Objective—Transforming growth factor-beta is a pleiotropic cytokine having diverse roles in vascular morphogenesis, homeostasis, and pathogenesis. Altered activity of and signaling through transforming growth factor-beta has been implicated in thoracic aortic aneurysms and dissections, conditions characterized by a reduced structural integrity of the wall that associates with altered biomechanics and mechanobiology. We quantify and contrast the passive and active biaxial biomechanical properties...
S.-I. Murtada1
Estimated H-index: 1
(KI: Karolinska Institutet),
J. Ferruzzi10
Estimated H-index: 10
(Yale University)
+ 1 AuthorsJay D. Humphrey5
Estimated H-index: 5
(Yale University)
The precise role of smooth muscle cell contractility in elastic arteries remains unclear, but accumulating evidence suggests that smooth muscle dysfunction plays an important role in the development of thoracic aortic aneurysms and dissections (TAADs). Given the increasing availability of mouse models of these conditions, there is a special opportunity to study roles of contractility ex vivo in intact vessels subjected to different mechanical loads. In parallel, of course, there is a similar nee...
Published on Apr 1, 2016in Pharmacological Reviews18.89
Frank V. Brozovich5
Estimated H-index: 5
,
Christopher Nicholson3
Estimated H-index: 3
(BU: Boston University)
+ 3 AuthorsKathleen G. Morgan51
Estimated H-index: 51
(BU: Boston University)
The smooth muscle cell directly drives the contraction of the vascular wall and hence regulates the size of the blood vessel lumen. We review here the current understanding of the molecular mechanisms by which agonists, therapeutics, and diseases regulate contractility of the vascular smooth muscle cell and we place this within the context of whole body function. We also discuss the implications for personalized medicine and highlight specific potential target molecules that may provide opportun...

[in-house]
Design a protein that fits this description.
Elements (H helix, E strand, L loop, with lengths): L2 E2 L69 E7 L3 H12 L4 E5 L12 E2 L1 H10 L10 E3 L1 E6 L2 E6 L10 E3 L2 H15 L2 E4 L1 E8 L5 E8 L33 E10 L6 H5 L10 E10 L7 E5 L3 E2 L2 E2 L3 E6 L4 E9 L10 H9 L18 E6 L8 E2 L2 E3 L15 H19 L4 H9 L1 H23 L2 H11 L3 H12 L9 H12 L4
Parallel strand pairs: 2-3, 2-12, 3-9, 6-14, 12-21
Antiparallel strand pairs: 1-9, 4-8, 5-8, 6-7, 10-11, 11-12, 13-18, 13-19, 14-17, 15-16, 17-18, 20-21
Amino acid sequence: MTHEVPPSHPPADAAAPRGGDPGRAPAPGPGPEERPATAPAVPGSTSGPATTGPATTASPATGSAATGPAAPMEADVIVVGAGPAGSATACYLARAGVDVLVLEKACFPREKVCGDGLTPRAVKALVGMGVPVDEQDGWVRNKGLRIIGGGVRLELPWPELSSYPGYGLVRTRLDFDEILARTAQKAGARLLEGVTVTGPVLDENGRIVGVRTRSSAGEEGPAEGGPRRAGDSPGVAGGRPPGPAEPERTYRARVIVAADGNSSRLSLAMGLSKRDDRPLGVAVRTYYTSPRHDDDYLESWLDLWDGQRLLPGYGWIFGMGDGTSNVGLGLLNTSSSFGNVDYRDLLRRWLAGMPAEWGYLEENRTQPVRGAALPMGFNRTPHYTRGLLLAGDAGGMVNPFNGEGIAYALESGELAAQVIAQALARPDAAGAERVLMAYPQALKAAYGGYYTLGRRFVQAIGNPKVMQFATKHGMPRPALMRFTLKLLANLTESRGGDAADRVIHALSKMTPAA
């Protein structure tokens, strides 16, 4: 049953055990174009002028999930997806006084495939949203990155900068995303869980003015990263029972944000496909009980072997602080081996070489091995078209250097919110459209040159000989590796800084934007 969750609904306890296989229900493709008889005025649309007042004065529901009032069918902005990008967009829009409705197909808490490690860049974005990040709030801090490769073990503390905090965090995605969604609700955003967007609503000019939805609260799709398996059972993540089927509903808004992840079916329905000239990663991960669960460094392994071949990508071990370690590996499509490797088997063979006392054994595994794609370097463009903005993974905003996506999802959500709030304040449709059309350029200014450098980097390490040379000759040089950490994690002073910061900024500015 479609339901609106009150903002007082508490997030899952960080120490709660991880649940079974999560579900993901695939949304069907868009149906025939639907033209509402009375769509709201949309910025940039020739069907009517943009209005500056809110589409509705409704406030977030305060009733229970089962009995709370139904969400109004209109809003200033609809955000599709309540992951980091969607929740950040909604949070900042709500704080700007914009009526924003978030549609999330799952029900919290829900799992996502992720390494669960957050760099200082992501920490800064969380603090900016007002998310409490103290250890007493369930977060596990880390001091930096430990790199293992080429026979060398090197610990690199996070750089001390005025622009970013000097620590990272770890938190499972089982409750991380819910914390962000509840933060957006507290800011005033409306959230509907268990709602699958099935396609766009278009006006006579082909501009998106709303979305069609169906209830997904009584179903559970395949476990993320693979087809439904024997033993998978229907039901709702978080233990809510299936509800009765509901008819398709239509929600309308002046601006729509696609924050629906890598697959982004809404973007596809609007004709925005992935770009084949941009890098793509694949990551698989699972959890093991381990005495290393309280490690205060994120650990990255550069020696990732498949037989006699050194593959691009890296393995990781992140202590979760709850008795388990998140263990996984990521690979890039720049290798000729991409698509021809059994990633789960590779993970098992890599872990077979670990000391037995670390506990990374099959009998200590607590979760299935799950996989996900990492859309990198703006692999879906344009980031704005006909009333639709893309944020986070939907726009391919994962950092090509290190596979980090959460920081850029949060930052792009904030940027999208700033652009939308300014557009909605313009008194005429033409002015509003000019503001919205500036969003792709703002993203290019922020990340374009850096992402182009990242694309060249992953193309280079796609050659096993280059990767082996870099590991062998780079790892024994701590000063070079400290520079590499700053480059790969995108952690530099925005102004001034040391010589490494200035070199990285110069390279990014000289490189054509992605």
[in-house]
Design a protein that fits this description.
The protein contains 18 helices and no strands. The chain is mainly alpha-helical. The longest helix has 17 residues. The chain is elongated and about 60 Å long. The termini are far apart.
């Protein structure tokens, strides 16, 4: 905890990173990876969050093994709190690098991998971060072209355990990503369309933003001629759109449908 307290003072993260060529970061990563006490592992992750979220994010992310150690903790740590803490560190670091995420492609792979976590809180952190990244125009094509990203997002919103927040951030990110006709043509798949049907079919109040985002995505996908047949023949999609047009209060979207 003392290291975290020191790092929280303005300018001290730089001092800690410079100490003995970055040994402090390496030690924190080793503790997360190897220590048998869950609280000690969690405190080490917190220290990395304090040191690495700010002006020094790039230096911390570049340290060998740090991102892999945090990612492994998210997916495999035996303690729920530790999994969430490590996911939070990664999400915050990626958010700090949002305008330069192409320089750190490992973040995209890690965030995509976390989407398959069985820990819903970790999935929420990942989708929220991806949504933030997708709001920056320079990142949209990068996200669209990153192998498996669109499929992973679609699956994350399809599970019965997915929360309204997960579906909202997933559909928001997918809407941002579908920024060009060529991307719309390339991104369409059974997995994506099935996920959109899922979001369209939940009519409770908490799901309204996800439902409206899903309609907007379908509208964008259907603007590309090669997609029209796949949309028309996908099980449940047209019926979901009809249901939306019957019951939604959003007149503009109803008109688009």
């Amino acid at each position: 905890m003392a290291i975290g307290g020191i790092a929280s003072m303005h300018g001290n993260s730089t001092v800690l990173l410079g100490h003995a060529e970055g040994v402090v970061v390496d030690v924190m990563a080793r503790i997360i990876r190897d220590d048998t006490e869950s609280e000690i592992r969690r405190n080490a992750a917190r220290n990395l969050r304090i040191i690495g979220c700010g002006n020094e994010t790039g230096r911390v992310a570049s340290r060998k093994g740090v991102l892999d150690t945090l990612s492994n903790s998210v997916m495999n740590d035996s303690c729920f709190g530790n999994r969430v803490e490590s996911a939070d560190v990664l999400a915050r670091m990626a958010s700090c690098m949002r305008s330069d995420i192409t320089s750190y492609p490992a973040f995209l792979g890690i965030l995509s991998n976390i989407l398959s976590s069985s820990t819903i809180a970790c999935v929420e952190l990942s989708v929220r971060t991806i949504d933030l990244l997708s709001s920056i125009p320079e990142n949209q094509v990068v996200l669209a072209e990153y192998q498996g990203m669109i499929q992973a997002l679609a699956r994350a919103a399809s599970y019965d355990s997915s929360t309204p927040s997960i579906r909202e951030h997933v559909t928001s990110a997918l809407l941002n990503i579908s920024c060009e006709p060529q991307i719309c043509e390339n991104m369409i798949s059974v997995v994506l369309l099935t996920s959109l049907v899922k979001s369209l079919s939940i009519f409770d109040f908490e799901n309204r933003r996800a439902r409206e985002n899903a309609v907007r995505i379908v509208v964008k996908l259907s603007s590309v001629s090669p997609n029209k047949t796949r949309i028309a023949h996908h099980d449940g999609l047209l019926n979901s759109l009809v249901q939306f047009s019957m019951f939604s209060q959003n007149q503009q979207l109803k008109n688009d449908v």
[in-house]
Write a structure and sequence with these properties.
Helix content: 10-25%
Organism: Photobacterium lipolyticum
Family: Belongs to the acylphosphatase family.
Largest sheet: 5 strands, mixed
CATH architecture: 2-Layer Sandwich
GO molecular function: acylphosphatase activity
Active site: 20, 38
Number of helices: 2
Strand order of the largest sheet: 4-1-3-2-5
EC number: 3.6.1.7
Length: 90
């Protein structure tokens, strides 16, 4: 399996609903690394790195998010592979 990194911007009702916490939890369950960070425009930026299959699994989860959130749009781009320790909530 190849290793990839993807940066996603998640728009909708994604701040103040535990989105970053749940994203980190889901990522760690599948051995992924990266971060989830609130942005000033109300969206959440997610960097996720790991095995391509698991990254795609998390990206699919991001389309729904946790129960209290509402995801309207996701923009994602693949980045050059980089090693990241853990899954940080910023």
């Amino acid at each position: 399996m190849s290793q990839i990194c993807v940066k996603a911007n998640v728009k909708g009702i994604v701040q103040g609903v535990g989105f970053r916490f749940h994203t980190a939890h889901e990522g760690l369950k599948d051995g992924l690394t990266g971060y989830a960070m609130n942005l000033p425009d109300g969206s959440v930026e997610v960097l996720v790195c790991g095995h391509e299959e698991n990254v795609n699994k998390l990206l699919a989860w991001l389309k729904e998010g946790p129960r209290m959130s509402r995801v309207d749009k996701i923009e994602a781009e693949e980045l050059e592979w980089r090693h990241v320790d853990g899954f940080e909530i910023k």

Published on Feb 1, 2016in Microscopy and Microanalysis2.67
Shana R. Watson2
Estimated H-index: 2
(USC: University of South Carolina),
Piaomu Liu2
Estimated H-index: 2
(USC: University of South Carolina)
+ 3 AuthorsSusan M. Lessner17
Estimated H-index: 17
(USC: University of South Carolina)
Characterization of collagen fiber angle distribution throughout the blood vessel wall provides insight into the mechanical behavior of healthy and diseased arteries and their capacity to remodel. Atherosclerotic plaque contributes to the overall mechanical behavior, yet little is known experimentally about how collagen fiber orientation is influenced by atherogenesis. We hypothesized that atherosclerotic lesion development, and the factors contributing to lesion development, leads to a shift in...
Published on Dec 15, 2015in Frontiers in Physiology3.20
Arthur J. A. Leloup5
Estimated H-index: 5
(University of Antwerp),
Cor E. Van Hove16
Estimated H-index: 16
(University of Antwerp)
+ 3 AuthorsPaul Fransen18
Estimated H-index: 18
(University of Antwerp)